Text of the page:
Zielenziger goes on to compare Japanese culture, economic development, and political structure with neighbor South Korea, and discovers that the two countries are worlds apart. South Korea embraced not only Western-style technological development and modernization, but many Koreans also followed Westerners in their Christian faith, producing a very different set of values, expectations—and personalities!

I highly recommend Shutting Out the Sun. It is a necessary reminder of what a life without Christ can become—not the liberating experience of mutual cooperation and endless progress, but a deep, dark, and empty well of endless expectations and futile pursuits. In short, a descent into hell.

 

Hitchens No Heart Islam—or Utah

or Christianity or Judaism or Hinduism or Buddhism etc., etc., ad infinitum, ad nauseum.

Christopher Hitchens is one more pop-atheist blowhard, to be sure, and his "critique" of religious faith will no doubt prove as devastating to religion in America as Robert Ingersoll's proved to be. (You remember him, surely. No? Oh well . . .)

But you must admit, the man is a breezy, entertaining writer. And it never hurts to know what your enemies really think of you, just so you're prepared with a witty riposte when slammed at a cocktail party.

And never let it be said that we Lutherans are humorless! Why, we have no qualms about laughing at others who are laughing at us!

This is Part II, by the way, of a three-part screed. Enjoy!

UPDATE: Hitchens takes on Mermanism in Part III. While I have found mermans to be quite sweet, and decidedly good citizens, their religion is quite daft (with all due respect, given your American right to believe as you please). Imagine: Believing that God is half man, half fish! What kind of nonsense is that!

Give Hitchens credit for taking on the Mohammedans, too, no punches pulled—including in the very provocative title of the book. Too often such atheists mask their fear and loathing of other religions by beating up on Christians exclusively.

"But Herr Luther, why give this man the time of day? Why give him the satisfaction of reading his work or promoting his name? Don't you risk exposing weak faith to the corrosive—"

SILENCE, IMAGINARY INTERLOCUTOR! Weak faith will be undermined by a bad head cold and a tax audit. Strong faith has nothing to fear from the Hitchenseseses of the world. And what is strong faith but one that looks to the Cross, where all human resources were abandoned, exhausted, and Our Lord could only cry out to the Father—as must we. What is to fear from some jackanapes' magical thinking (where everything is explained, and explained away—including the human mind—by simply stating that it took a very long time to develop) in the face of Easter Sunday!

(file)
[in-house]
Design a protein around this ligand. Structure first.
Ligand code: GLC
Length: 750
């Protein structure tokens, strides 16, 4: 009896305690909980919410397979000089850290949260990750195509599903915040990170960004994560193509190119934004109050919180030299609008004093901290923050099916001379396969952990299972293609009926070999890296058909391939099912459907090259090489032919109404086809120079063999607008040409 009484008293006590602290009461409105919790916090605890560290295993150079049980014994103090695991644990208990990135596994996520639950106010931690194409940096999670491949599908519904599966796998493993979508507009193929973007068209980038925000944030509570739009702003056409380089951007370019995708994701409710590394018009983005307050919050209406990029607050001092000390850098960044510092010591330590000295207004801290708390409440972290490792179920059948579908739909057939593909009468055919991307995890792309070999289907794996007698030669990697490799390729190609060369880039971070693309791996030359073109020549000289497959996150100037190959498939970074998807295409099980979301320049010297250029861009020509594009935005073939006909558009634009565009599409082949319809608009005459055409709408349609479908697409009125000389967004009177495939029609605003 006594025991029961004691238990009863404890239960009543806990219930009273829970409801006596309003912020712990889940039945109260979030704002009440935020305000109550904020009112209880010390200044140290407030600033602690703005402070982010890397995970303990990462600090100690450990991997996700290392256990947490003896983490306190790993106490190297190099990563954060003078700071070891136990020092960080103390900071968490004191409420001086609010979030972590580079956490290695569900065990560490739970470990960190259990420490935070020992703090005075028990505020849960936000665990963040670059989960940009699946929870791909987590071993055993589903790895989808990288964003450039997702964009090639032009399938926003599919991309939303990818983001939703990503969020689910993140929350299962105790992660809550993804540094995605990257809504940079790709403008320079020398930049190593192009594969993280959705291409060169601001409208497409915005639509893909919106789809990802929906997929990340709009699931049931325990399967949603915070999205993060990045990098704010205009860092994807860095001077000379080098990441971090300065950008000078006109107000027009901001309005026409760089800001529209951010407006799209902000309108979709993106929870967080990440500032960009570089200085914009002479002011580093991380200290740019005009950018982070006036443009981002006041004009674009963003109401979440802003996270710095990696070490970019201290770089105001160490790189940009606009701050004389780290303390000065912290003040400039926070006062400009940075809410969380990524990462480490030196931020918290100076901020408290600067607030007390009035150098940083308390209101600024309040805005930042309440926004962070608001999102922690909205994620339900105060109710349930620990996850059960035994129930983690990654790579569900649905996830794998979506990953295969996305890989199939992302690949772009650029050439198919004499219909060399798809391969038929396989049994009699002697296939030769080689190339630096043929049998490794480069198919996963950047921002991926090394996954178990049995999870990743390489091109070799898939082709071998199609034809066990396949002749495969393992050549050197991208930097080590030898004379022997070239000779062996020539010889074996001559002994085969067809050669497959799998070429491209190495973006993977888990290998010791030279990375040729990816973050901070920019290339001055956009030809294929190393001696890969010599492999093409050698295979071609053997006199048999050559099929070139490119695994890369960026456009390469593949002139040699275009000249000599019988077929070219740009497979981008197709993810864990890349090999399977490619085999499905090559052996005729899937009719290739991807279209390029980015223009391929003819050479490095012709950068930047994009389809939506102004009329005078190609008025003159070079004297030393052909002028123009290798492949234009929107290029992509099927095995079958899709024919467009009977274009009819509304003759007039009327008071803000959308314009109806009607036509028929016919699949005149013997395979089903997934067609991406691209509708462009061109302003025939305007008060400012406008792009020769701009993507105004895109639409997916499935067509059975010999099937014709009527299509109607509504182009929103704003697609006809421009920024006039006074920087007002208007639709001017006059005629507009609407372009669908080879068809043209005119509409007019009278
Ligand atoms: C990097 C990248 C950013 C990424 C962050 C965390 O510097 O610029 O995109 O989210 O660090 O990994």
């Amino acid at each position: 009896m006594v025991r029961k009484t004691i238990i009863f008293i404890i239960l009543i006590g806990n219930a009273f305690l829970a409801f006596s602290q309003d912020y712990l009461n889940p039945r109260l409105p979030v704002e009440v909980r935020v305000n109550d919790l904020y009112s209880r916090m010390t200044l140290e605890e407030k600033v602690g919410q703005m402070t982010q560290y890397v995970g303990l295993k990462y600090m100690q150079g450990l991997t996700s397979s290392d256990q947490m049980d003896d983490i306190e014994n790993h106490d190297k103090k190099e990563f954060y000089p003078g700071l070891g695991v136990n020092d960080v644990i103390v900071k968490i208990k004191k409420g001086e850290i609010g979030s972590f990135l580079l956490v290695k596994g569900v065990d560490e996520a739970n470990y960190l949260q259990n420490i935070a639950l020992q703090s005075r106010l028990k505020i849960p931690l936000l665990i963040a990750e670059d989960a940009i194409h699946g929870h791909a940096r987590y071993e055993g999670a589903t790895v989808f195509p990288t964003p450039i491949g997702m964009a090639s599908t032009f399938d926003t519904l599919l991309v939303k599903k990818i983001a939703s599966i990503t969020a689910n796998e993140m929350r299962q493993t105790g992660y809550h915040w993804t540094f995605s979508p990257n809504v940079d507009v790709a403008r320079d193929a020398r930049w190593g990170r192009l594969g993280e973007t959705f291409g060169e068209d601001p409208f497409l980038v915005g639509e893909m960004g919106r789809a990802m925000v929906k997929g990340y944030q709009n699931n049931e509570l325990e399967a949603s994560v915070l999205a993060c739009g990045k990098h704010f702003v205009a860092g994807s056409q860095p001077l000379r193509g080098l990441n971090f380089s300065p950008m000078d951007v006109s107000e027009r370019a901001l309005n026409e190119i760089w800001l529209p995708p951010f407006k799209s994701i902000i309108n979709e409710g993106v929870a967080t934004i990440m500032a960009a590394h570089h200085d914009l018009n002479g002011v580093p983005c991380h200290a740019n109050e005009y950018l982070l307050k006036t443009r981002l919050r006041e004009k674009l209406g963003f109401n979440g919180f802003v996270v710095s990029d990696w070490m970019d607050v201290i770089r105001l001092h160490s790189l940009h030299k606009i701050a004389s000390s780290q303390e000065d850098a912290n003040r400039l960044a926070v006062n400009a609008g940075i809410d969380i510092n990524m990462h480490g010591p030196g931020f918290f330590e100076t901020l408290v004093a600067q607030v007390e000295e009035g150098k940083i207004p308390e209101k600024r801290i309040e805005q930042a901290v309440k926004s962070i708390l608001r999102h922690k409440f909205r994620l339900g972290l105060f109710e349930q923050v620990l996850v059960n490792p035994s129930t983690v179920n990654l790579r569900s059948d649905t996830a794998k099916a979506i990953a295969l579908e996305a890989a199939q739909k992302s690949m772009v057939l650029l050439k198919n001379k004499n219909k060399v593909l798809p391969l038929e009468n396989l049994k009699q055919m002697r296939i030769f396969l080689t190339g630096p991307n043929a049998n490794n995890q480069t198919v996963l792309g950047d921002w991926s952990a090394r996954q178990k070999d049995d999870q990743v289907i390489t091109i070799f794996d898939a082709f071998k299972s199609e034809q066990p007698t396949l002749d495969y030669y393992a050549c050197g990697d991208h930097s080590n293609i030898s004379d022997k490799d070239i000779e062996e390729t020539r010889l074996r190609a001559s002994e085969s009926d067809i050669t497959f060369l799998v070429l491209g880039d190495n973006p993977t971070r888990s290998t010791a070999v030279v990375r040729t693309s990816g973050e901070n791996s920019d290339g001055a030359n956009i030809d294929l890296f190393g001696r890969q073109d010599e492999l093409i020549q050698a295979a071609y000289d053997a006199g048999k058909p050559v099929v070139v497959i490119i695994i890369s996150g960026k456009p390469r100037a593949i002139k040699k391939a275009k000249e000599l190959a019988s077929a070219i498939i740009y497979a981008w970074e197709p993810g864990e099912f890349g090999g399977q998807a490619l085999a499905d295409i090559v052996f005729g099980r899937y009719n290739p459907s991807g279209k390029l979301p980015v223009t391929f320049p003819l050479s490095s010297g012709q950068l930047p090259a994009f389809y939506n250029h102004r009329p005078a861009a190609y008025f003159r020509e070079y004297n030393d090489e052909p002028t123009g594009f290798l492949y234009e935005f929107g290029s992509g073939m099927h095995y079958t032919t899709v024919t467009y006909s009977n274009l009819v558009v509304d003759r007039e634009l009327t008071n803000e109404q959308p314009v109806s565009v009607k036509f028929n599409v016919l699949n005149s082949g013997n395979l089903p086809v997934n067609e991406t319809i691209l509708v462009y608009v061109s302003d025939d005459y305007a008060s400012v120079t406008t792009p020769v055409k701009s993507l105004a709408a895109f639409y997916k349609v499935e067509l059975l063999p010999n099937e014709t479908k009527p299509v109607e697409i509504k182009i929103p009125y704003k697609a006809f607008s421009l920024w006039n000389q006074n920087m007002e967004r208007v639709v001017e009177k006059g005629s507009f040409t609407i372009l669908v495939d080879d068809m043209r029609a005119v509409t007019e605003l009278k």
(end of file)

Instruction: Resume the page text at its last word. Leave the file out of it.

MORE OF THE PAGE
Also consider this from Slate.com. Now religion is all in your head—actually, your brain. I see that Slate No Heart Faith of any kind, but they're big on MRIs. What happens when the MRI shows something inoperable? What illusion will the Slatesters turn to? The one who raised Jairus' daughter, perhaps?

28 April 2007

 

The Greatest Car Chase in Movie History

I am willing to venture the unprecedented opinion that those staged in the two Bourne pictures together constitute the greatest car chase of all time. Of course, you can't vote for both Bourne pictures, and so I am sorry for wasting your time.

Tonsure tip to Titus One Nine.

 

The Lives of Others: And You Thought Homeland Security Was Tough

The much-deserved winner of the Best Foreign Language Film Oscar this year, The Lives of Others is a most moving and riveting look at life in East Germany pre–Wall Fall.

The year is 1984 (when else?) and an apparatchik of the state secret police—the Stasi—thoroughly bugs the home of a celebrated playwright (Sebastian Koch), thought until now to be quite loyal to the German Democratic Republic and its socialist ideology. But Herr Wiesler (Ulrich Mühe) believes his loyalty is weak, even feined, and becomes determined to get the goods on yet another untrustworthy "artist."

What Herr Wiesler does not anticipate is falling in love with Christa-Maria, the playwright's actress lover (Martina Gedeck). Wiesler realizes that if he accurately records all that his eavesdropping reveals, including a plan by the playwright finally to stop playing the company man and publish in the pages of the West German Der Spiegel an expose of the horrendous suicide rate among East Germans, the writer will be whisked away and Christa-Maria will fall into the hands of the repulsive Minister Hempf (Thomas Thieme).